Nolo Press, which has operated out of a renovated clock factory in West Berkeley for the last 30 years, plans to move from its location at Ninth Street and might relocate from Berkeley altogether, company officials said Friday.
The company has lost its lease and the building’s current owners—the Genn family—have put the property on the market, Bob Dubow, Nolo’s chief financial officer, told the Planet.
Dubow added that Nolo had outgrown the 20,000-square-foot two-story brick building at 950 Parker St. and was looking for a bigger space.
Nolo, which according to its website, is the nation’s oldest provider of legal information for consumers and small businesses, has been in Berkeley since 1971 and its staff has grown to more than 100 legal editors, software developers, customer service representatives, salespeople, web developers and others since then.
“We might possibly leave Berkeley,” Dubow said. “We have been in this building for 30 years and in business in Berkeley for 37 years, but the building is being sold and we are in a kind of a strange situation. We are not in a lease right now and we are also pushing the boundaries for the building. The owner is selling the building and doesn’t want a long term lease in place.”
Dubow, a graduate of UC Berkeley, also wrote for the student newspaper, The Daily Californian, a stint he said got him interested in the publishing business.
He said Nolo had no idea of who the new owner might be or when the building would be sold.
“The Genn family have been really great partners,” he said. “This is a great old building. We started out as a tiny bookstore in a 500 square foot space and have grown to 20,000 square foot.”
Tom Genn, who developed the old warehouse building into offices, passed away two years ago.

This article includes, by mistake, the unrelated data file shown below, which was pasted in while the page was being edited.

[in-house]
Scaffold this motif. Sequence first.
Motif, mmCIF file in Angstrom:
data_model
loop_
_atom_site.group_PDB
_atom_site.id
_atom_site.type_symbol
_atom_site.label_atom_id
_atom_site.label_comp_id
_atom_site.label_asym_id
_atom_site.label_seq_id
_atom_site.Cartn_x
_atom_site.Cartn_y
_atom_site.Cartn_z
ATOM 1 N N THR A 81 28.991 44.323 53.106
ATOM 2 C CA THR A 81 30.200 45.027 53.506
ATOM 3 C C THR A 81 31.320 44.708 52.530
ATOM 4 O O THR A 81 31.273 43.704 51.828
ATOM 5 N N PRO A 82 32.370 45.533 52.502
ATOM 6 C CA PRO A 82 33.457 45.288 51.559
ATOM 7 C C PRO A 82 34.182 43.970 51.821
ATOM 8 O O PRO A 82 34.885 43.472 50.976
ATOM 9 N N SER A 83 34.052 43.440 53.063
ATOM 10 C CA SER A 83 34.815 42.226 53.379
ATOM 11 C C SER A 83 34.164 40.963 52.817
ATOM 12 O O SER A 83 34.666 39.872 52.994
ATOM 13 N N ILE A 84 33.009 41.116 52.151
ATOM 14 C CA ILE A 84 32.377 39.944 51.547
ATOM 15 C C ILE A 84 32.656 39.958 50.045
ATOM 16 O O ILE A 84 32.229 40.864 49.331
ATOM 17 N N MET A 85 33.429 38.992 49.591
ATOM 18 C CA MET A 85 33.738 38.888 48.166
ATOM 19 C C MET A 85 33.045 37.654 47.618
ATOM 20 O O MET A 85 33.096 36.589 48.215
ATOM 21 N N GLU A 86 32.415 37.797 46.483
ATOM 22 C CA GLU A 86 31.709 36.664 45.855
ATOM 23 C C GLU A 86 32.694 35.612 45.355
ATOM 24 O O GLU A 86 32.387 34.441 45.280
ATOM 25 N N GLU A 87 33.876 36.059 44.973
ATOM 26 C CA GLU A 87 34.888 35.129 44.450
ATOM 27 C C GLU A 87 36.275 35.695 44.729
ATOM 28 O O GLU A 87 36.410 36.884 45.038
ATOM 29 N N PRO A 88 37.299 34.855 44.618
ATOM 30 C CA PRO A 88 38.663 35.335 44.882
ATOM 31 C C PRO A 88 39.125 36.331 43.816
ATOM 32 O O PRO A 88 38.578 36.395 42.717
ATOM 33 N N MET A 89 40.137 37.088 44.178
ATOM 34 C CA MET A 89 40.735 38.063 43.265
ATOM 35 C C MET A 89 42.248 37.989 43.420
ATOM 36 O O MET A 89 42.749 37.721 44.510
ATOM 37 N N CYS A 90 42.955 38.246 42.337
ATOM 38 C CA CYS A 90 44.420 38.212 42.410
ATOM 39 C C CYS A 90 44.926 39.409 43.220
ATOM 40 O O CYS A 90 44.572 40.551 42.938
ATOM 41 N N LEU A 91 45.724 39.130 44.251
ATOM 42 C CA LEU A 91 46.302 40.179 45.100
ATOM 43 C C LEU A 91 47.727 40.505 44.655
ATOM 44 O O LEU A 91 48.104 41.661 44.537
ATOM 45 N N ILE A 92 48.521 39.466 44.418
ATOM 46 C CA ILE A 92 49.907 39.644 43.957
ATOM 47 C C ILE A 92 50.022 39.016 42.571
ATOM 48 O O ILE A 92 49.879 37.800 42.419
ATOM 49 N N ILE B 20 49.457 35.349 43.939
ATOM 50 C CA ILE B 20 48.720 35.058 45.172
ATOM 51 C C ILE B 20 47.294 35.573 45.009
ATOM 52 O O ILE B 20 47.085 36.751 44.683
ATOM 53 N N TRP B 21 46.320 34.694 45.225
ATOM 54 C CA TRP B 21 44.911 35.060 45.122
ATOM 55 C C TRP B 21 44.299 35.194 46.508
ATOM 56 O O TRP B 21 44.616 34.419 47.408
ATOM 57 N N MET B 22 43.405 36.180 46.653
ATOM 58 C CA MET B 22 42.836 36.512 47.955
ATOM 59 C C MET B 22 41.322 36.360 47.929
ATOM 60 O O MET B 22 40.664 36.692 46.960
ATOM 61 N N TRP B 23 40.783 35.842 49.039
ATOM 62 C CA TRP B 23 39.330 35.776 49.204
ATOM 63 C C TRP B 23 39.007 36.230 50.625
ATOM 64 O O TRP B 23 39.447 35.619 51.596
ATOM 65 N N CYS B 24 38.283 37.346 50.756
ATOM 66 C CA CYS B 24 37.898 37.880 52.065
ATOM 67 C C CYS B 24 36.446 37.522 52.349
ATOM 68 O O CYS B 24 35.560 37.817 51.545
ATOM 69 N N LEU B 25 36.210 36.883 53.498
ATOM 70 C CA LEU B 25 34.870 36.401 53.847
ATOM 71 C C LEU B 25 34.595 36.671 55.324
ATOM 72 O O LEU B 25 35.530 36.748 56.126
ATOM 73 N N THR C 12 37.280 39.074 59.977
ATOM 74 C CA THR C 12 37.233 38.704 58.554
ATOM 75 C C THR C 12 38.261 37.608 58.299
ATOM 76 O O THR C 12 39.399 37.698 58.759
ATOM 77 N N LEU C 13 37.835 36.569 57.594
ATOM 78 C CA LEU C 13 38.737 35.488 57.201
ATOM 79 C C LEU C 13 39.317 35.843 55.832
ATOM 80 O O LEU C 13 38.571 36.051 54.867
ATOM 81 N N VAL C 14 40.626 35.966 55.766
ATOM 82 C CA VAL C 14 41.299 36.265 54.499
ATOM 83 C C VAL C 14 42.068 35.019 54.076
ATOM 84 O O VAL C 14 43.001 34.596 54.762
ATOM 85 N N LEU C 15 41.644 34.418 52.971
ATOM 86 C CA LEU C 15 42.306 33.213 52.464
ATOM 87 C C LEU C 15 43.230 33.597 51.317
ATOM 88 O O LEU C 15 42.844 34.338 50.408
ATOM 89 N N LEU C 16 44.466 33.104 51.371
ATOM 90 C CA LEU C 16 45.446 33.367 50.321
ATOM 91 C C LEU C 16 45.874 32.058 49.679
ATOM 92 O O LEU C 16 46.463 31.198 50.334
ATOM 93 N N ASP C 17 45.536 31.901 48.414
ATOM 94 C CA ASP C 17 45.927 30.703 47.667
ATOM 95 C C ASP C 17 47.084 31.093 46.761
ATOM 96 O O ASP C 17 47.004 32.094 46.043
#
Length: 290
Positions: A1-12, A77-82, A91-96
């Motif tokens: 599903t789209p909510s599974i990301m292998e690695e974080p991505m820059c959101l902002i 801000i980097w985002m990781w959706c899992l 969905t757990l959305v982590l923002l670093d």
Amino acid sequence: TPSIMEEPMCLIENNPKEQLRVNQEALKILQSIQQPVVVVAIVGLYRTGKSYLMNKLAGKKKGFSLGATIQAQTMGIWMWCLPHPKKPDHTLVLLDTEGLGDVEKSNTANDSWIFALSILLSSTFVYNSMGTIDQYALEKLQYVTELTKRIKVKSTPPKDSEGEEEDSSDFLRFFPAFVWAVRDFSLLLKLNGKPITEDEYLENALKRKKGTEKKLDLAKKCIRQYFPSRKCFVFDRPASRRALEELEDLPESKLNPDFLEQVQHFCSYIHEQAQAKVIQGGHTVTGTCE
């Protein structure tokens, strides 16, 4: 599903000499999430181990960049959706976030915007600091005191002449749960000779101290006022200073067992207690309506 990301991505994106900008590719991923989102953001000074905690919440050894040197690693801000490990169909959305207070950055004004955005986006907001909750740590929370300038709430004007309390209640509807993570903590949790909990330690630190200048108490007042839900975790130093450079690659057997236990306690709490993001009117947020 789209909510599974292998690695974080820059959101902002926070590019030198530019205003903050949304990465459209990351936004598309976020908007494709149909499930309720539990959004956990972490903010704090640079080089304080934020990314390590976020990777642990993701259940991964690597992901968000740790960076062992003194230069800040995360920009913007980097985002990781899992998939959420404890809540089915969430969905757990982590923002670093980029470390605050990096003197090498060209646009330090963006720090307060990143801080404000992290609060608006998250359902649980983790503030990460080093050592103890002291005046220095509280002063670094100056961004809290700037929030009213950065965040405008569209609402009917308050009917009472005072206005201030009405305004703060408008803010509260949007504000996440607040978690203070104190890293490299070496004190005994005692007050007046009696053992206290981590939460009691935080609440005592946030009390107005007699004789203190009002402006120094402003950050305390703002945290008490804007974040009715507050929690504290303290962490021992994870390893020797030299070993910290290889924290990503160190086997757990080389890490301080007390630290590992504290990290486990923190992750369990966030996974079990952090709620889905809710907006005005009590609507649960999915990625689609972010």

Nolo is looking at relocating to a suitable location between Oakland and Richmond.
“At first we felt a little pressure to move but we found there was not much action on buying the property, so we are taking things at a leisurely pace,” Dubow said. “We have only seen a couple of buildings in Oakland and we haven’t seen one in Berkeley that made sense. We are looking for a facility that is big enough and affordable, and there doesn’t seem to be too many of those available in the city. We really like being in Berkeley and want to stay here but chances are less than half that we will be in Berkeley.”
Headed by Ralph “Jake” Warner, Nolo specializes in books, forms and software on a wide range of legal issues, including wills, estate planning, retirement, elder care, personal finance, taxes, housing, real estate, divorce and child custody.
According to historical information on Nolo’s website, Warner was a legal aid lawyer serving low-income families in the San Francisco Bay Area in the 1970s.
Frustration over a complicated legal system that was overly expensive for average working Americans led Warner and a few of his colleagues to writing do-it-yourself legal guides.
Rejections by numerous publishers saw Warner and his colleagues publishing their own books, and the advent of personal computers also allowed the addition of software.
When the Internet arrived, Nolo created a website that offered free information and resources to people.
Nolo, Dubow said, had started toying with the idea of moving three years ago when it ran out of space in the old building and rented additional space in the warehouse next door.
Although there is no timeline for moving, Dubow said the company would probably relocate in the early part of 2009.
“Of course, we could be forced out, someone could buy it and give us a a 30-day notice, but we are in a good relationship with the current landlords and hopefully that won’t happen,” he said.
Dubow added that the area around Ninth Street was undergoing a lot of development.
The Fantasy Records building owned by Wareham Development on Tenth Street— right across from Nolo’s offices—has seen a lot of development in recent years, with one of the most recent being the construction of a child care center for Disney Pixar employees.
The city’s zoning adjustments board also approved a use permit for Bayer Healthcare in June, giving the pharmaceutical giant the green light to move some of its administrative offices into 921 Parker, a space zoned specifically for industrial use.
Further down the street, the new Berkeley Bowl is also under construction.
“The area is quite hot right now,” he said. “Possibly that’s why the owner wants to sell it or maybe they were at that point in their life when they just decided to sell.”
The owners of the property could not be reached for comment Friday.